This past Saturday, I woke up with anticipation, a reason to celebrate. For the first time in over twenty years of life, I had a year clean. It was a year of dedication to the program that provided more knowledge and growth than the countless methods in the past and I was proud to spend this day giving back to what saved my life.
The plan was to attend a learning day for being of service to those in hospitals and institutions, have dinner with my family, and get the honorary trinket of my accomplishment at my evening meeting. I was so grateful and marched out into the kitchen to prepare the coffee, when I noticed my husband on the phone. He should have been gone, on the way to work and the look on his face was one I knew well. Something was wrong. My mind began to race and I went into hyper-hearing mode.
It was Mom on the other end, not a normal thing for Saturday mornings. My husband looked at me and mouthed the words, “It’s bad.” He said goodbye to mom and looked me in the eyes to tell me his uncle had passed away in the early morning, completely unexpected.
It was a jolt of epic proportions, a dagger to the heart where you realize it’s gonna hurt really bad but shock sets in and you try to comprehend what the hell just happened. As the details emerge, it still makes no sense as death rarely does. When it’s time to go, no explanation is enough. It just “is” and we are left to figure out what comes next.
My immediate thought was to cancel my plans and be of service to my family, but we just sat there completely dumbfounded. My husband told me to go do what I prepared to do, he would go to work and we would have dinner later. I did just that, but nothing I heard mattered, it was all white noise to me. As messages and calls came rolling in, it felt foreign to be human in the moment. I’d never dealt with a death in my family- clean.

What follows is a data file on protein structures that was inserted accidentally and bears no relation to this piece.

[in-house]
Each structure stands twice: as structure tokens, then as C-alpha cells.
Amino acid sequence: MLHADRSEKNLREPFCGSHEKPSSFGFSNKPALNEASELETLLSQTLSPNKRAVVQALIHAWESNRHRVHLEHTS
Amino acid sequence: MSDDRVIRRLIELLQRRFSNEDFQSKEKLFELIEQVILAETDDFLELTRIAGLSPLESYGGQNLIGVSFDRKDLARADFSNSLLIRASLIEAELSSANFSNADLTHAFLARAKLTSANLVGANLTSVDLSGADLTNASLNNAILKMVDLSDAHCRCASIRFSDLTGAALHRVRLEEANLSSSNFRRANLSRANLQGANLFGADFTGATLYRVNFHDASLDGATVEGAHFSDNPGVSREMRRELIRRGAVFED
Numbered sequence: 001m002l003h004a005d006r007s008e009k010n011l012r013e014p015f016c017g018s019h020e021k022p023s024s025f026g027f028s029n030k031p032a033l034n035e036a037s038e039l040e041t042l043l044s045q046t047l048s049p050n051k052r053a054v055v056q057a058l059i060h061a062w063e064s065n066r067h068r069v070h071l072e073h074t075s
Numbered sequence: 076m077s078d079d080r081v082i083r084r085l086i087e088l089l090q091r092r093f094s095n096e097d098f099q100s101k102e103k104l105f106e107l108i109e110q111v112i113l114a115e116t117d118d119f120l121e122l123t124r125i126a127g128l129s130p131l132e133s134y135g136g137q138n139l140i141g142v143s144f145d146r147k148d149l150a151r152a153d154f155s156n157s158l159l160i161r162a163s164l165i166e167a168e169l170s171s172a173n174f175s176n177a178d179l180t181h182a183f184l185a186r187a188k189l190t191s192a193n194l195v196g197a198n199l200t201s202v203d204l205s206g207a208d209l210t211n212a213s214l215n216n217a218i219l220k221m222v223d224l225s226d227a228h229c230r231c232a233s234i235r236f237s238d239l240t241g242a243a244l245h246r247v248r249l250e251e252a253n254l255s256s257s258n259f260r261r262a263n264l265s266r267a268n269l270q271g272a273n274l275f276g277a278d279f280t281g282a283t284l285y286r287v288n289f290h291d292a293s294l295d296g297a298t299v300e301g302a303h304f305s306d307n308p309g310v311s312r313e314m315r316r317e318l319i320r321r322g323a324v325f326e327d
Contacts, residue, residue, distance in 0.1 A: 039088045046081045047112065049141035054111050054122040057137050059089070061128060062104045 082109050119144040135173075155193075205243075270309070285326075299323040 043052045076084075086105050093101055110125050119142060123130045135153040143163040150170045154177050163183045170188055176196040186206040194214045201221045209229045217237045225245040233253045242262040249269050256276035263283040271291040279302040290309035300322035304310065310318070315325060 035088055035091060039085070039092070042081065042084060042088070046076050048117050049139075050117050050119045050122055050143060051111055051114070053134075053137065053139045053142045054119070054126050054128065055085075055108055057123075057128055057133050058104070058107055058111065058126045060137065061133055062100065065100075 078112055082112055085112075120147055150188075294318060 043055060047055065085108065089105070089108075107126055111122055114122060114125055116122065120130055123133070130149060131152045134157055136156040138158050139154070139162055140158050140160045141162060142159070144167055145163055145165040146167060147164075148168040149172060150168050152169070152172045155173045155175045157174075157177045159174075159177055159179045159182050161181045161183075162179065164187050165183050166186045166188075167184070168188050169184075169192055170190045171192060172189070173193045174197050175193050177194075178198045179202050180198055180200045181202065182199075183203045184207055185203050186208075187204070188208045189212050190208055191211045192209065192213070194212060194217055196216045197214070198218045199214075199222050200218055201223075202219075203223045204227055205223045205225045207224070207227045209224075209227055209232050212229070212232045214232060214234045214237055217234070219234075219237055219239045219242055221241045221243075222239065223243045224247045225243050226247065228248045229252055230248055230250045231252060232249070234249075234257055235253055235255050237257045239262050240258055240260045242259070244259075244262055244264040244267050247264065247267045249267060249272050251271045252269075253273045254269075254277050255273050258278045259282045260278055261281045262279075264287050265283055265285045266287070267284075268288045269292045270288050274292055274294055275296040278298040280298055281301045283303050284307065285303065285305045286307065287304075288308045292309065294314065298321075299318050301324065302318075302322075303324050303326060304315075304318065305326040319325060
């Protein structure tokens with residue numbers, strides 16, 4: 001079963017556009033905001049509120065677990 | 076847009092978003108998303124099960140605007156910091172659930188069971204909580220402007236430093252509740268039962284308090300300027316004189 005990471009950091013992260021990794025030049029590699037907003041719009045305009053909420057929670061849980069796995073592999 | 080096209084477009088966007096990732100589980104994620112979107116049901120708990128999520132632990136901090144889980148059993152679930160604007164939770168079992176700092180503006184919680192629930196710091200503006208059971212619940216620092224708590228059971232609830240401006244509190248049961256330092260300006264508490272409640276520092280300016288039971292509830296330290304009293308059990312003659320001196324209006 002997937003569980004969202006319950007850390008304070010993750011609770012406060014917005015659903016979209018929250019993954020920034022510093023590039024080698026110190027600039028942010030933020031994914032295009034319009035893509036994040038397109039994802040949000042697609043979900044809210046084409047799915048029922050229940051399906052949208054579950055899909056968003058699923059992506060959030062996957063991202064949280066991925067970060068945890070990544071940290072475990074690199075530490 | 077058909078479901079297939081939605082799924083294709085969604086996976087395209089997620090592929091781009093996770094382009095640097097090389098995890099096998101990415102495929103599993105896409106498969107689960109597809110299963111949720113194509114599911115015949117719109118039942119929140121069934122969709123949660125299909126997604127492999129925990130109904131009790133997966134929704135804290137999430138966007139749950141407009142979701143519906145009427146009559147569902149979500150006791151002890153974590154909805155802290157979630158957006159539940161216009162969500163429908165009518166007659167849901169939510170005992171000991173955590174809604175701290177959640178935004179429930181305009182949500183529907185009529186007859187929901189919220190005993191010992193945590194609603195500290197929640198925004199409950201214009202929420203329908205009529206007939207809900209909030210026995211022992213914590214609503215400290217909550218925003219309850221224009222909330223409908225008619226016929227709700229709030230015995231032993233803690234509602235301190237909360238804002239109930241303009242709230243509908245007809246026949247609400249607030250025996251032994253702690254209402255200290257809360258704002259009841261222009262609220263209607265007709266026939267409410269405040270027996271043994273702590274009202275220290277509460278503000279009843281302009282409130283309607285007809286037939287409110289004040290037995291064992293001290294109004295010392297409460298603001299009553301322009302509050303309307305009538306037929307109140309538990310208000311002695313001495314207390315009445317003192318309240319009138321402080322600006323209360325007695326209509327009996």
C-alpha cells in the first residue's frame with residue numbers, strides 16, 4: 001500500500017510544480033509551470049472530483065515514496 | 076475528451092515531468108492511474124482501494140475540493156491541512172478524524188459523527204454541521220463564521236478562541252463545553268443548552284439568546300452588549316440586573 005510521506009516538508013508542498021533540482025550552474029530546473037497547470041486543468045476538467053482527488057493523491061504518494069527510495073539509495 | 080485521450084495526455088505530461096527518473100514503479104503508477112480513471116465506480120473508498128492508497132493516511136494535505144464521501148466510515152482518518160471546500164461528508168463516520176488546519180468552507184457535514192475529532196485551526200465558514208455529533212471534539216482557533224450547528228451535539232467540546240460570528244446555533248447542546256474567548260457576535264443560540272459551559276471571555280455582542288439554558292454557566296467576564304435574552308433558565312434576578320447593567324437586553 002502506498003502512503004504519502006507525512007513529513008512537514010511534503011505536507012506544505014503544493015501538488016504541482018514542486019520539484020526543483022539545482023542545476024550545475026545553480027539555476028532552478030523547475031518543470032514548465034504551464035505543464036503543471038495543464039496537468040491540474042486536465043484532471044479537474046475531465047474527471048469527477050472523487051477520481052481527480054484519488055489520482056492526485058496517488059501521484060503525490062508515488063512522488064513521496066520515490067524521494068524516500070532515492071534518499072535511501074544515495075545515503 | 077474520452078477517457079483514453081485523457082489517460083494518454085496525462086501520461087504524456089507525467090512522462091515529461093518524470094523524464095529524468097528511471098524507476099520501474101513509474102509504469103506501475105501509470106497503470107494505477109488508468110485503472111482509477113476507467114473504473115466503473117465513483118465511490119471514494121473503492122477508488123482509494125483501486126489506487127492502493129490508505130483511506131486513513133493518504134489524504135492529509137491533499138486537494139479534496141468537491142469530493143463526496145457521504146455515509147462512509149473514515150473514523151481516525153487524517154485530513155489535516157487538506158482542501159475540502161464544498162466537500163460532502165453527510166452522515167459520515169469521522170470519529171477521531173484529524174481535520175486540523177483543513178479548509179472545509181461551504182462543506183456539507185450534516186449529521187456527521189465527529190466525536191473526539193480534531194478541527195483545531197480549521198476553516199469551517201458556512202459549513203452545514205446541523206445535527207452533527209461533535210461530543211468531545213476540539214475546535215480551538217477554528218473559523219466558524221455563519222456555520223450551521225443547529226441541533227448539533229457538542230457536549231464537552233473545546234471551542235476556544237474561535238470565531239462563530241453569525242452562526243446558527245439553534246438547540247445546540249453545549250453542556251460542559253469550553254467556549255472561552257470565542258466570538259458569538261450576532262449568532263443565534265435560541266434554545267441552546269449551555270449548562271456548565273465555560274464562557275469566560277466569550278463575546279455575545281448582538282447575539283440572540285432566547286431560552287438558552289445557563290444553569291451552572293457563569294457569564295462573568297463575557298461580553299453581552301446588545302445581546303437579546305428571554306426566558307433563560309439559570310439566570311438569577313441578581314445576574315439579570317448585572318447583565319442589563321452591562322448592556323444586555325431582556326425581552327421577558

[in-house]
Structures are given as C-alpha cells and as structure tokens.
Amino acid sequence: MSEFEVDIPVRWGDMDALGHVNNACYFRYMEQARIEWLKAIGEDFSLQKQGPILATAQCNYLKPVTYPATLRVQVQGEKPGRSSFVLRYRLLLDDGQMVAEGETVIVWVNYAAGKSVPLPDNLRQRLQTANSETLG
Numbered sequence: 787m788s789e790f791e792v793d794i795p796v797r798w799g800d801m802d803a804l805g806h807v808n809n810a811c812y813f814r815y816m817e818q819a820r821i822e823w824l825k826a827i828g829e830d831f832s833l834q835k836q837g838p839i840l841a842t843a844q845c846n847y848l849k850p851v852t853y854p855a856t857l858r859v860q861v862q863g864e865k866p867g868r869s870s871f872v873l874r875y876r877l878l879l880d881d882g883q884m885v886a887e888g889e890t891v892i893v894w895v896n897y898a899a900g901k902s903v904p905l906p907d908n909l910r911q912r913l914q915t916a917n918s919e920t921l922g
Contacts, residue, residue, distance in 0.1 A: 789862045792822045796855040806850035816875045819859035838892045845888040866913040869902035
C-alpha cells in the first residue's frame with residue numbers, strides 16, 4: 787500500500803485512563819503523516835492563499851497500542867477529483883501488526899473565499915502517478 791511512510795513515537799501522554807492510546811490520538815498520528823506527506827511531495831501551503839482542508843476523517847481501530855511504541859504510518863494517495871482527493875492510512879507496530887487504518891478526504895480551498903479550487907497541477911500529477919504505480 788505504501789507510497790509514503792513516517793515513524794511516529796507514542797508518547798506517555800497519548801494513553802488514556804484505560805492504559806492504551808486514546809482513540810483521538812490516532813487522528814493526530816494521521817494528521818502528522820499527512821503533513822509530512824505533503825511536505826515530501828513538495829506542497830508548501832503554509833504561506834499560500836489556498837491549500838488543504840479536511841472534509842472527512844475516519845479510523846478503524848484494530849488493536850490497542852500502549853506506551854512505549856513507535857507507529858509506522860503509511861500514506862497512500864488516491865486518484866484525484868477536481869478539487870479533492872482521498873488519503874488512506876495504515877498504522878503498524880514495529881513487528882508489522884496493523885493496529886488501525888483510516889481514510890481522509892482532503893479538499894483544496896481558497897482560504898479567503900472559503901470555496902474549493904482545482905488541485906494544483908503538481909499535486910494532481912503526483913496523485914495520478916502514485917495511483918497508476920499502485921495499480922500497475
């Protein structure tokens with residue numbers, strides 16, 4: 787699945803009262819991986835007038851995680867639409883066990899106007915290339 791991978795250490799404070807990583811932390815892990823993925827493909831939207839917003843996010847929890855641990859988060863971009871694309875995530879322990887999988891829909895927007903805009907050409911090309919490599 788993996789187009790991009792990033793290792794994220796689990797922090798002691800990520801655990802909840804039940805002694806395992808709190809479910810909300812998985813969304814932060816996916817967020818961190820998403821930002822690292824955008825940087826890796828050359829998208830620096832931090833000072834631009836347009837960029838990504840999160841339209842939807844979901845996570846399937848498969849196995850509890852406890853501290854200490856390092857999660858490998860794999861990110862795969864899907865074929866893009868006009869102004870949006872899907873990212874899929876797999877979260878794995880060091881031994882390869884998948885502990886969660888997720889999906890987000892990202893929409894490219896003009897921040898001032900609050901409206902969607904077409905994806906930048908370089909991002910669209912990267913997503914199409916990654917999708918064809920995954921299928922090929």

In the first few months of recovery, there was loss. Two of my friends died together in active addiction. Two months later, another. It was the inevitable reality of what is bound to be our end.
That loss was different, expected in ways. My uncle was different because there was no warning, no telltale signs of what was wrong. There was no pondernace of possibilities. He was healthy. Coping with the loss of anyone we hold dear is a process. The last thing I thought of was using when my friends died. One of my automatic thoughts with this loss was doing shots with my family. It’s a very normal way to honor someone, yet an option no longer available to me. There would be no antidepressants or benzos to numb my feelings, no farewell shots of bourbon, no weed, no dope, no coke- this was the real deal. The idea emerged that I was going to face this loss without my little helpers and it was all going to be okay. For many, having access to anything that will ease the pain is normal. For me, it’s a death sentence. Its a spiritual death, one that far surpasses the physical realm.
I knew how to handle it, my recovery taught me how. Reach out, feel my feelings, share them, and let others comfort me. Most importantly, I am available to give comfort and be accountable in taking on responsibilities. I am able to be a wife, a mother, a daughter, a sister, and a friend. I am able to take care of others without expectation because recovery taught me that my ability to do so is its own reward. Through the range of emotions, my tribe has held me up and been a source of strength because I allowed them to be and that is what helps keep them clean too. We all need to feel we matter, that we have a purpose. Isolation is what feeds our disease. Without my community, I would not be here.
In closing, I just need to point out it is a miracle to stay clean, but life and death still show up. Often the hardest blows come without provocation. Staying clean is one facet of recovery, a foundation. The work that comes next is where the magic happens. Trust the process and do what it takes. I assure you that you will be amazed! There will always be more to do, I have a hard time realizing that it gets better than this but I have been assured it does. Even in the saddest moments, I have an abundance of gratitude for being able to feel and having the freedom to do so.